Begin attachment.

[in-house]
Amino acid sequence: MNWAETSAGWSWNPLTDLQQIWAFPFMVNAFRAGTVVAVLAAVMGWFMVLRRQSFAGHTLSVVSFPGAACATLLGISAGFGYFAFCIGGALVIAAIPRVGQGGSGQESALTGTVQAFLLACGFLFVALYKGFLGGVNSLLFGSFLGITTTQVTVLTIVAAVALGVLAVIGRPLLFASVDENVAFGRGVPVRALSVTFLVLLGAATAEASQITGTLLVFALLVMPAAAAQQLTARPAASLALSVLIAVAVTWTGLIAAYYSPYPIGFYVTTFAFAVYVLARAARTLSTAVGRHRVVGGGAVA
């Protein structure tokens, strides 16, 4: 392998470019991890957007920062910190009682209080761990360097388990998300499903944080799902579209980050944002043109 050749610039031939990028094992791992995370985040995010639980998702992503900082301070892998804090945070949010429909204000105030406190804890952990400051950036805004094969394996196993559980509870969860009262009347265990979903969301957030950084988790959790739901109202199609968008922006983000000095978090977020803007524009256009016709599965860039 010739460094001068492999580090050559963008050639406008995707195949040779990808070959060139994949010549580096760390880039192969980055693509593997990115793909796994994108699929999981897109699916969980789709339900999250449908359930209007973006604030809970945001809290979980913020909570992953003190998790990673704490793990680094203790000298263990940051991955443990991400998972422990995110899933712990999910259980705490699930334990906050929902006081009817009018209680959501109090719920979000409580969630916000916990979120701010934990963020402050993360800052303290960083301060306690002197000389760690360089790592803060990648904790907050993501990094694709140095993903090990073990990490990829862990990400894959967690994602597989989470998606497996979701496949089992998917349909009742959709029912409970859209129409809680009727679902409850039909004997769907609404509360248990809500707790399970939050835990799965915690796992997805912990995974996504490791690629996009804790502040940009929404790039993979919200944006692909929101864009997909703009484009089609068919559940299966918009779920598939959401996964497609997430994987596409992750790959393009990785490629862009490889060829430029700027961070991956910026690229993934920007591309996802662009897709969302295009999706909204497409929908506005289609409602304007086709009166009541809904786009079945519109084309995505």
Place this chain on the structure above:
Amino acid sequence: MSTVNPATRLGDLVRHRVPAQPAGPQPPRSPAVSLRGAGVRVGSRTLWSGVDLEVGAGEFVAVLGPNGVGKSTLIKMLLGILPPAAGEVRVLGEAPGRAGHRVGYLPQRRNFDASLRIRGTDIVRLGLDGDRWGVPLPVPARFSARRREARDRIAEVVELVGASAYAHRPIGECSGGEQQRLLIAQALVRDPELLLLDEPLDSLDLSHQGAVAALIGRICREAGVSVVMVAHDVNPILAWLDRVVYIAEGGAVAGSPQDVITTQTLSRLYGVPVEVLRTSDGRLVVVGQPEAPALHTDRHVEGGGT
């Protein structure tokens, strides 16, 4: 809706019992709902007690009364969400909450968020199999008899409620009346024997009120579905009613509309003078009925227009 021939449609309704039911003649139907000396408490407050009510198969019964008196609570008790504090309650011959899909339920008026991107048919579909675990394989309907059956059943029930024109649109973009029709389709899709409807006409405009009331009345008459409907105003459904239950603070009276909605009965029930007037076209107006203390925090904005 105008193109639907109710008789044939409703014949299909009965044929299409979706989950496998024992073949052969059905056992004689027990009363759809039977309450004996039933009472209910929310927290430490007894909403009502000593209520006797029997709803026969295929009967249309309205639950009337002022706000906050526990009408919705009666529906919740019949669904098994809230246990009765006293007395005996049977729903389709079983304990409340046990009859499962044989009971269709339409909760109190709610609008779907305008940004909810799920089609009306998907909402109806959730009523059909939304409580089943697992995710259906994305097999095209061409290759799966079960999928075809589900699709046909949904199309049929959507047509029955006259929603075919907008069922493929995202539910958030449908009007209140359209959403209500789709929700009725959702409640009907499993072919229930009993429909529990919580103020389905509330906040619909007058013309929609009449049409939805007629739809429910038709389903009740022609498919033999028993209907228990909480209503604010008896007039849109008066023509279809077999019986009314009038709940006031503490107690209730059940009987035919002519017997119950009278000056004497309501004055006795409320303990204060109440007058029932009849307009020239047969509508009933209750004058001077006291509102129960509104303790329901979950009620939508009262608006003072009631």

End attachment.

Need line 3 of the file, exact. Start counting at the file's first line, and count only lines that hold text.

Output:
């Protein structure tokens, strides 16, 4: 392998470019991890957007920062910190009682209080761990360097388990998300499903944080799902579209980050944002043109 050749610039031939990028094992791992995370985040995010639980998702992503900082301070892998804090945070949010429909204000105030406190804890952990400051950036805004094969394996196993559980509870969860009262009347265990979903969301957030950084988790959790739901109202199609968008922006983000000095978090977020803007524009256009016709599965860039 010739460094001068492999580090050559963008050639406008995707195949040779990808070959060139994949010549580096760390880039192969980055693509593997990115793909796994994108699929999981897109699916969980789709339900999250449908359930209007973006604030809970945001809290979980913020909570992953003190998790990673704490793990680094203790000298263990940051991955443990991400998972422990995110899933712990999910259980705490699930334990906050929902006081009817009018209680959501109090719920979000409580969630916000916990979120701010934990963020402050993360800052303290960083301060306690002197000389760690360089790592803060990648904790907050993501990094694709140095993903090990073990990490990829862990990400894959967690994602597989989470998606497996979701496949089992998917349909009742959709029912409970859209129409809680009727679902409850039909004997769907609404509360248990809500707790399970939050835990799965915690796992997805912990995974996504490791690629996009804790502040940009929404790039993979919200944006692909929101864009997909703009484009089609068919559940299966918009779920598939959401996964497609997430994987596409992750790959393009990785490629862009490889060829430029700027961070991956910026690229993934920007591309996802662009897709969302295009999706909204497409929908506005289609409602304007086709009166009541809904786009079945519109084309995505």